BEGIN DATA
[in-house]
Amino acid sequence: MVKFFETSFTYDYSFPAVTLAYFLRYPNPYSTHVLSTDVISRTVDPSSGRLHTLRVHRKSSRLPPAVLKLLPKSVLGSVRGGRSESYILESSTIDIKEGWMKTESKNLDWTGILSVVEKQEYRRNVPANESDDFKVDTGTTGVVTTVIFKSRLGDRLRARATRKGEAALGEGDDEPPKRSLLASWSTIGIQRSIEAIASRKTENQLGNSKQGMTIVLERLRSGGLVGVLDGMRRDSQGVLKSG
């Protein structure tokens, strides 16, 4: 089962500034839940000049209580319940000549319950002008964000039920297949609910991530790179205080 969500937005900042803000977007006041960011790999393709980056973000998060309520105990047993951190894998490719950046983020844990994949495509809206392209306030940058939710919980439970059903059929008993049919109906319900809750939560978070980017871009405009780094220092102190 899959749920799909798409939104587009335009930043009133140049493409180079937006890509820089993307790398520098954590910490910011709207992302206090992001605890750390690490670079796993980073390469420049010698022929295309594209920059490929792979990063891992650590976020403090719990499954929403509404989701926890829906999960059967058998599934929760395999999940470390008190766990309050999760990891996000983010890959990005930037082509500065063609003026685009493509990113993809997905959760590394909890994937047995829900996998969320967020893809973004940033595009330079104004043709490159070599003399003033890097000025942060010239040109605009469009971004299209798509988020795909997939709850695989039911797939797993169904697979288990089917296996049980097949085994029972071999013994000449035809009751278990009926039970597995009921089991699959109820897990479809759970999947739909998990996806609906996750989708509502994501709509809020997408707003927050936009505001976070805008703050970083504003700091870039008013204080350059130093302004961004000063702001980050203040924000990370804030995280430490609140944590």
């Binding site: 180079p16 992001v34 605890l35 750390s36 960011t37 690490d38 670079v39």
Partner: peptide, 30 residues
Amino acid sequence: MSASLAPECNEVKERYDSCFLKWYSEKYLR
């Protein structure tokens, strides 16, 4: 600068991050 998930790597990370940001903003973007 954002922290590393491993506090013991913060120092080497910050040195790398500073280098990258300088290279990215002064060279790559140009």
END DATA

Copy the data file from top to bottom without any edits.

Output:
[in-house]
Amino acid sequence: MVKFFETSFTYDYSFPAVTLAYFLRYPNPYSTHVLSTDVISRTVDPSSGRLHTLRVHRKSSRLPPAVLKLLPKSVLGSVRGGRSESYILESSTIDIKEGWMKTESKNLDWTGILSVVEKQEYRRNVPANESDDFKVDTGTTGVVTTVIFKSRLGDRLRARATRKGEAALGEGDDEPPKRSLLASWSTIGIQRSIEAIASRKTENQLGNSKQGMTIVLERLRSGGLVGVLDGMRRDSQGVLKSG
């Protein structure tokens, strides 16, 4: 089962500034839940000049209580319940000549319950002008964000039920297949609910991530790179205080 969500937005900042803000977007006041960011790999393709980056973000998060309520105990047993951190894998490719950046983020844990994949495509809206392209306030940058939710919980439970059903059929008993049919109906319900809750939560978070980017871009405009780094220092102190 899959749920799909798409939104587009335009930043009133140049493409180079937006890509820089993307790398520098954590910490910011709207992302206090992001605890750390690490670079796993980073390469420049010698022929295309594209920059490929792979990063891992650590976020403090719990499954929403509404989701926890829906999960059967058998599934929760395999999940470390008190766990309050999760990891996000983010890959990005930037082509500065063609003026685009493509990113993809997905959760590394909890994937047995829900996998969320967020893809973004940033595009330079104004043709490159070599003399003033890097000025942060010239040109605009469009971004299209798509988020795909997939709850695989039911797939797993169904697979288990089917296996049980097949085994029972071999013994000449035809009751278990009926039970597995009921089991699959109820897990479809759970999947739909998990996806609906996750989708509502994501709509809020997408707003927050936009505001976070805008703050970083504003700091870039008013204080350059130093302004961004000063702001980050203040924000990370804030995280430490609140944590």
């Binding site: 180079p16 992001v34 605890l35 750390s36 960011t37 690490d38 670079v39």
Partner: peptide, 30 residues
Amino acid sequence: MSASLAPECNEVKERYDSCFLKWYSEKYLR
């Protein structure tokens, strides 16, 4: 600068991050 998930790597990370940001903003973007 954002922290590393491993506090013991913060120092080497910050040195790398500073280098990258300088290279990215002064060279790559140009």